- Fly Line – We use both floating line and sinking line, depending whether we are river fishing or lake fishing. With lake fishing, you 100% will want sinking line as the walleye will probably be 30 feet deep in the water. With rivers, floating line with 9 foot leaders are ideal. The fly line weight should match your reel and rod. Sink tip lines are also popular with walleye fishing. They are used to help with the presentation of the fly to the walleye.
- Leaders and Tippet – Leaders don’t have to be bite proof, but they will help. 8 pound to 15 pound test is fine. Keep your tippet 12-24 inches from each hook when running multi hook setups.
Where to find walleye in rivers and lakes
Rivers – Walleye will be found anywhere your common fish are found, current seams, eddies, shoals, weed lines and inlets. Walleye tend to feed during the night, in the morning or at dusk. This is when they move to shallower parts of the river. If you are fishing mid day, chances are the walleye will be hiding in the deepest holes possible. Set your hook the same way you would with trout. Presenting your streamer is one of the most important aspects to fly fishing for walleye.
Lakes – When it comes to fly fishing for walleye in lakes, you will want to try deep water, structure and drop zones. If the temperature is warmer, bring out the leeches! When using streamers in the lakes, retrieve your fly slowly in 3-7 inch pulls. As mentioned above, set the hook the same way you would with trout.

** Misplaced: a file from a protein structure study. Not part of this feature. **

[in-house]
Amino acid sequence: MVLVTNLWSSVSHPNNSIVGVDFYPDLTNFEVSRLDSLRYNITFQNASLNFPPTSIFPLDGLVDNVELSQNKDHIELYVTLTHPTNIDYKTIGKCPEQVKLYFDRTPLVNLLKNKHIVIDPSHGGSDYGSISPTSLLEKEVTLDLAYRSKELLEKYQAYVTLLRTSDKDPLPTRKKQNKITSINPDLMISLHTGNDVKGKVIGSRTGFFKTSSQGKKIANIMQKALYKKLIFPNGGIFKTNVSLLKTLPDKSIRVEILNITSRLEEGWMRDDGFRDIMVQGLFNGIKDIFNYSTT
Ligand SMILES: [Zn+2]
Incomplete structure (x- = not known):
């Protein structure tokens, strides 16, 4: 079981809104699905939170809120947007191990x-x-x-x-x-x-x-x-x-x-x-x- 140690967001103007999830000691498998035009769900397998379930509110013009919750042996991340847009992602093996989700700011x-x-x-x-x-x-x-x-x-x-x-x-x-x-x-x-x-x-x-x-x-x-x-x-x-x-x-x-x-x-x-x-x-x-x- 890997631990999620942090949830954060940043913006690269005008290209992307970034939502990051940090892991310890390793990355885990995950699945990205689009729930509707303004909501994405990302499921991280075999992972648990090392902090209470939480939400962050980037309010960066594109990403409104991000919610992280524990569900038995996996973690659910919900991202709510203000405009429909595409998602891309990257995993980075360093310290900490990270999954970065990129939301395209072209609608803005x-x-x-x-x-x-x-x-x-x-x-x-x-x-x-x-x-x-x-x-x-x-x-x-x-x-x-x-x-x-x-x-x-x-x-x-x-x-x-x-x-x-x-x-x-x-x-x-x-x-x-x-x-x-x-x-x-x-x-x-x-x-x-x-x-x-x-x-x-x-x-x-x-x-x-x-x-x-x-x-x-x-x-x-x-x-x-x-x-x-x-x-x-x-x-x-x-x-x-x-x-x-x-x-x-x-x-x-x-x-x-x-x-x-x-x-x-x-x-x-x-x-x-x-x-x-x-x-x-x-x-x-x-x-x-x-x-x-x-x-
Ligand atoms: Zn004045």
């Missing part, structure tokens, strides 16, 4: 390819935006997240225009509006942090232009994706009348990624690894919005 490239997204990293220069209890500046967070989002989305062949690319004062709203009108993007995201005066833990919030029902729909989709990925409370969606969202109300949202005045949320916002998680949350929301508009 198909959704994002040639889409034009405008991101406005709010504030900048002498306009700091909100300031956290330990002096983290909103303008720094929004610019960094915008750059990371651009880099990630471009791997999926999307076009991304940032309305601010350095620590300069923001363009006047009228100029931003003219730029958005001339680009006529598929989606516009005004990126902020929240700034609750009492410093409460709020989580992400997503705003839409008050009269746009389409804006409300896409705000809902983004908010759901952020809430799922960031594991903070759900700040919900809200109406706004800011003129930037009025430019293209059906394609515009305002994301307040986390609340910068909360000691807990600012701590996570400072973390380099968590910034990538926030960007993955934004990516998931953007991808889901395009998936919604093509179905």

If you are lake fishing, a boat is normally necessary to target walleye in the deeper areas. Lake fishing is definitely more challenging with walleye fishing, so if you are a newer angler, you may want to try river fishing first.
Fly fishing for walleye is well worth it
I know trout and bass fishing are the most popular when heading out with the fly rod in hand, but once you master them, walleye should be next on your list if they reside in your local waters. There are many rivers and lakes around where I live that have solid walleye populations in them, so we always spend a solid hour or so targeting monster walleye every time we are out on the river or lake. Like anything else in life, the harder something is to get, the most satisfying it is when you finally achieve it.
If you like reading about fly fishing, our Zinger Fishing blog has a wide variety of different articles. We cover places to fish, what patterns to use, techniques, gear, and everything else to help fellow anglers land more fish in their nets.